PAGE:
Headlining Cinema Magic II: Symphonic Band Music from the Movies, the San Jose Metropolitan Band has performed with guest artists Allen Vizzutti, Oystein Baadsvik, The Canadian Brass, and Eddie Daniels. For more info, see the San Jose Metropolitan Band website.
Sunday, March 04, 2018
Instead of a brilliant, striking, insightful, penetrating essay for today's post - we don't have one - here are a few musings regarding inventions (a.k.a. The Wonder Of Technology) in animation.
We'll start with a cartoon starring Gandy Goose & Sourpuss, two characters considered guilty pleasures by Robert Crumb, Ralph Bakshi and here at Way Too Damn Lazy To Write A Blog.
This cartoon-loving blogger has hoped that if an official Terrytoons Blu-ray ever gets released, the following Gandy Goose & Sourpuss opus, Post War Inventions, shall be included.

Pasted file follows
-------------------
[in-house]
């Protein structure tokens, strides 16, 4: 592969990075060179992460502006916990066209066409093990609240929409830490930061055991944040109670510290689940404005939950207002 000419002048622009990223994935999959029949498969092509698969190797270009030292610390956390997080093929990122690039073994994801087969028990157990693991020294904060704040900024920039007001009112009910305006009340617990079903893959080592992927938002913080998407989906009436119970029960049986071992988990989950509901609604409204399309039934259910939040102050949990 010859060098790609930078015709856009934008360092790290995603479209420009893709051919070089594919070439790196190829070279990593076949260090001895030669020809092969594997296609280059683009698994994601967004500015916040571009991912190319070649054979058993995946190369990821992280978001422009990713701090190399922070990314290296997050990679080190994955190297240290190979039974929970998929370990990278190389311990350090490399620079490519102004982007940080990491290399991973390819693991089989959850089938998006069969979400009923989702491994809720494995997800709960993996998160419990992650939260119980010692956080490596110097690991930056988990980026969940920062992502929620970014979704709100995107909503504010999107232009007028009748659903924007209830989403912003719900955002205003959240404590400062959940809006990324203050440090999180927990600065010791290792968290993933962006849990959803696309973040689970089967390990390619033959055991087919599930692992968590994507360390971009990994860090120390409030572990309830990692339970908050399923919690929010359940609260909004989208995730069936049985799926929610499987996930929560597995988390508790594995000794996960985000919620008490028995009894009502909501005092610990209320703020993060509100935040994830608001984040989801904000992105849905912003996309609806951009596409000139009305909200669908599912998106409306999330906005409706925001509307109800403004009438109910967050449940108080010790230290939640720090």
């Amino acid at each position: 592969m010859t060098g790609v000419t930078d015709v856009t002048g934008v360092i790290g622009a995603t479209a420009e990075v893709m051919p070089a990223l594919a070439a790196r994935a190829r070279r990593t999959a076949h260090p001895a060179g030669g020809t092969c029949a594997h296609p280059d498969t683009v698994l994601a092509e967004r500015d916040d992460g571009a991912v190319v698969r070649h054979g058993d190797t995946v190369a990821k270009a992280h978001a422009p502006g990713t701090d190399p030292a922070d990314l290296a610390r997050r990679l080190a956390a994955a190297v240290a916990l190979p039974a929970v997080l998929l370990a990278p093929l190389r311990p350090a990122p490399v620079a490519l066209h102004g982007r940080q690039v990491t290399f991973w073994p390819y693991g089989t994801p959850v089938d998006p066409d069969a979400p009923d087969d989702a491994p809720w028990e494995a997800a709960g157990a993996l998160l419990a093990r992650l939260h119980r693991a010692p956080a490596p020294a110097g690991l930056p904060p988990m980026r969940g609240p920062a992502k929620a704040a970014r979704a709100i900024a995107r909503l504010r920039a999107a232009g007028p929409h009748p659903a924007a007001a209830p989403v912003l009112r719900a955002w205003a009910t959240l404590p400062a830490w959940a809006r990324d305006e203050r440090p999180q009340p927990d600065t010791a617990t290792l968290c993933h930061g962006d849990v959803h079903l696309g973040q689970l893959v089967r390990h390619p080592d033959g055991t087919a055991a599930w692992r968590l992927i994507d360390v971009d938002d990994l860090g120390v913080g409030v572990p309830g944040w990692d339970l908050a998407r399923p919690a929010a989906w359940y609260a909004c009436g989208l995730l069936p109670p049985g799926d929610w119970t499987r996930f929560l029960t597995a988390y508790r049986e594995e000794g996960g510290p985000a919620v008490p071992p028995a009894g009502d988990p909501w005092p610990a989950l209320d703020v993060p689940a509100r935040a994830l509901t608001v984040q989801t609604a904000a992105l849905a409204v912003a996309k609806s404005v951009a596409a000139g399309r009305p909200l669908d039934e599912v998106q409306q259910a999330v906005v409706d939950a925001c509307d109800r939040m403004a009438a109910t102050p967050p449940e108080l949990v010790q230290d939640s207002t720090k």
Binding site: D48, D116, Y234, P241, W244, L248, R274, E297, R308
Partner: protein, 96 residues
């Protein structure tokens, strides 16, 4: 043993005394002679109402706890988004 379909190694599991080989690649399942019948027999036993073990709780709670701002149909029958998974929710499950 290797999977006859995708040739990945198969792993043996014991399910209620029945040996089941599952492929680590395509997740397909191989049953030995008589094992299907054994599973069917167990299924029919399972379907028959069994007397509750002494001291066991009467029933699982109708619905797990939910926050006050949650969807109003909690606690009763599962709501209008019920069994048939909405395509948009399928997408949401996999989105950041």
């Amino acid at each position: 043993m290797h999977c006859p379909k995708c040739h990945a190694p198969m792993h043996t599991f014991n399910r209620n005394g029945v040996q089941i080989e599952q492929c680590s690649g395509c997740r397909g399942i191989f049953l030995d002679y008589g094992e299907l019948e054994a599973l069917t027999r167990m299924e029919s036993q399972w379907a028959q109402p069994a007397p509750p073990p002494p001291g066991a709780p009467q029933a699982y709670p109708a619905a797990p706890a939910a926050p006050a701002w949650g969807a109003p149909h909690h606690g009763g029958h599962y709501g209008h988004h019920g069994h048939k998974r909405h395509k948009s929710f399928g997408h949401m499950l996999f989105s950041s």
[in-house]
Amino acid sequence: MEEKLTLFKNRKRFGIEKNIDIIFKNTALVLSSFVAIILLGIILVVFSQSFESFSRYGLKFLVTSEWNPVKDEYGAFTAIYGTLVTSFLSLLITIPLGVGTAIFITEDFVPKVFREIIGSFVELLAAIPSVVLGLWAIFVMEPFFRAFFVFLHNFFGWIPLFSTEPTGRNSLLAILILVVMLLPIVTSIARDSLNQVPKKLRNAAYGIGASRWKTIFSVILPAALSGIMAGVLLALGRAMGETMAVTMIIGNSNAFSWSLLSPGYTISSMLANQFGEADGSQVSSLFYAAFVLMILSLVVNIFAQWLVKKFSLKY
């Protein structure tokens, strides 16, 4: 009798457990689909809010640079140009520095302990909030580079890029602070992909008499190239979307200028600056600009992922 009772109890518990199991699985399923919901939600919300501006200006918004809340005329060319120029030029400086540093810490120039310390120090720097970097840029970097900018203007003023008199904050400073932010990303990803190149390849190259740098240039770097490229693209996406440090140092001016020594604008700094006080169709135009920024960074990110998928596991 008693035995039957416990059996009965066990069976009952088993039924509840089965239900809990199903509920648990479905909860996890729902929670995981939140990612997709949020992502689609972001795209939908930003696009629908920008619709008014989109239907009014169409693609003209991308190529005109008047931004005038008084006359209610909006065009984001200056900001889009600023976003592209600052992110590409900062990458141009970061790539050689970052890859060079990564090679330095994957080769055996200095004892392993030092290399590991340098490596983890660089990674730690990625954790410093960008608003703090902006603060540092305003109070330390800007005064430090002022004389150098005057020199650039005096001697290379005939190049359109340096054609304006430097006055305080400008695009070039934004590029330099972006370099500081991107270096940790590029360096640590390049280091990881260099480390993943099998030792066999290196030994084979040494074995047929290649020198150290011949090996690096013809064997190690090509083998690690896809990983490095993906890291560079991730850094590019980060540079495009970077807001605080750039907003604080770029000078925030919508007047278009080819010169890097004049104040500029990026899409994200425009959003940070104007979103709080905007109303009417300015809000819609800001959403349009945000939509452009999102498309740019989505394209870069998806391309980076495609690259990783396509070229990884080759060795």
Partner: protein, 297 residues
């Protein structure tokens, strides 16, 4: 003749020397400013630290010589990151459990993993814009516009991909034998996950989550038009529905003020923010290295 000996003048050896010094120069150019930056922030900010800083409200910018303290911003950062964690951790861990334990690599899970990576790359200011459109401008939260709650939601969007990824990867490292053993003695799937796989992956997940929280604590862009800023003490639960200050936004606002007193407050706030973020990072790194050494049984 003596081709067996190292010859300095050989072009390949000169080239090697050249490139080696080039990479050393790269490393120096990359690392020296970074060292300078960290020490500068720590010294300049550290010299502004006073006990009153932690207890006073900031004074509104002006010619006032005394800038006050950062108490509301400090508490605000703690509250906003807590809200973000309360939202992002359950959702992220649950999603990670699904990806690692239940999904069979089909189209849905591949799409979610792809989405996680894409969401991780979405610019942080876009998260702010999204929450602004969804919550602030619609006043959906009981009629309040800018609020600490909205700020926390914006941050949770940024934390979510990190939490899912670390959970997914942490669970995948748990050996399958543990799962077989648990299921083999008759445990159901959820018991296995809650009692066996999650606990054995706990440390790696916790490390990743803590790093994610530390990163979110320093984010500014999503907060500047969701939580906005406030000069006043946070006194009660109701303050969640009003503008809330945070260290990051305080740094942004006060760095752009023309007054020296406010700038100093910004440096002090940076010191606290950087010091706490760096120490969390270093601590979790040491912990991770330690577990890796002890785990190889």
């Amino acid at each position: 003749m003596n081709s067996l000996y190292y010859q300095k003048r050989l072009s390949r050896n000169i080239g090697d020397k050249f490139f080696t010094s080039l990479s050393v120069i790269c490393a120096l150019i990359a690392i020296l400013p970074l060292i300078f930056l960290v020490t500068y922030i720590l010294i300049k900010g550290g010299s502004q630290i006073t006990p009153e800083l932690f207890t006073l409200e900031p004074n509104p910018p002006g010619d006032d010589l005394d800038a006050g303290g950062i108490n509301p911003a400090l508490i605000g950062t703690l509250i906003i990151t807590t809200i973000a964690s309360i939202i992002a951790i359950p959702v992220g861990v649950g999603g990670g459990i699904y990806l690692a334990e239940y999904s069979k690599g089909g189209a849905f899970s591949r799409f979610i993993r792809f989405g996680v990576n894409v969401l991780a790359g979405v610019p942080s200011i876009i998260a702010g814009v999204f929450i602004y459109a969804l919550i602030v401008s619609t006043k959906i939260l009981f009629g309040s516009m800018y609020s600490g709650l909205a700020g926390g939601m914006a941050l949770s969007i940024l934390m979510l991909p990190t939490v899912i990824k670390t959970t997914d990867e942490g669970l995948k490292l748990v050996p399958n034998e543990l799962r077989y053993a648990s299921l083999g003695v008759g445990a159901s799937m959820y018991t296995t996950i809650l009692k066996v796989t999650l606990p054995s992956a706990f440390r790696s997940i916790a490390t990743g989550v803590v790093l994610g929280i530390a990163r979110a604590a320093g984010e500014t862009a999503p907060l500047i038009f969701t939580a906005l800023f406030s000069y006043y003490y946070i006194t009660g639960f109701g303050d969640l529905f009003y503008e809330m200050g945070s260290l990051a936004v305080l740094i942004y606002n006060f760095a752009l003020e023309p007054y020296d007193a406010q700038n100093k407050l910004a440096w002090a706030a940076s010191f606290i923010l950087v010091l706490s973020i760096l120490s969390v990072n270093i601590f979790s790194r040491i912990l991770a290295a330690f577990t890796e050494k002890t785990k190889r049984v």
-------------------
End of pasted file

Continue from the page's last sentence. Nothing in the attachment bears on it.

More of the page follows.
It is dreamlike, in bad taste and imaginative in the oddest way, somewhat along the lines of Terrytoons storyman's John Foster's crude but funny Van Beuren cartoons of the early 1930's.
Although the wildly imaginative and gleefully off-model animator most associated with Terrytoons, Jim Tyer, was working for Famous Studios at the time Post War Inventions was produced, the talented Carlo Vinci, auteur of Mighty Mouse action sequences, was there and doing excellent work. Vinci's dynamic animation frequently lifted otherwise routine Terrytoons out of the ordinary.
Briefly in the mid-1940's, Vinci would be joined by former Terrytoons animator and Disney ace Vladimir "Bill" Tytla, with, especially in the Mighty Mouse series, splendid results.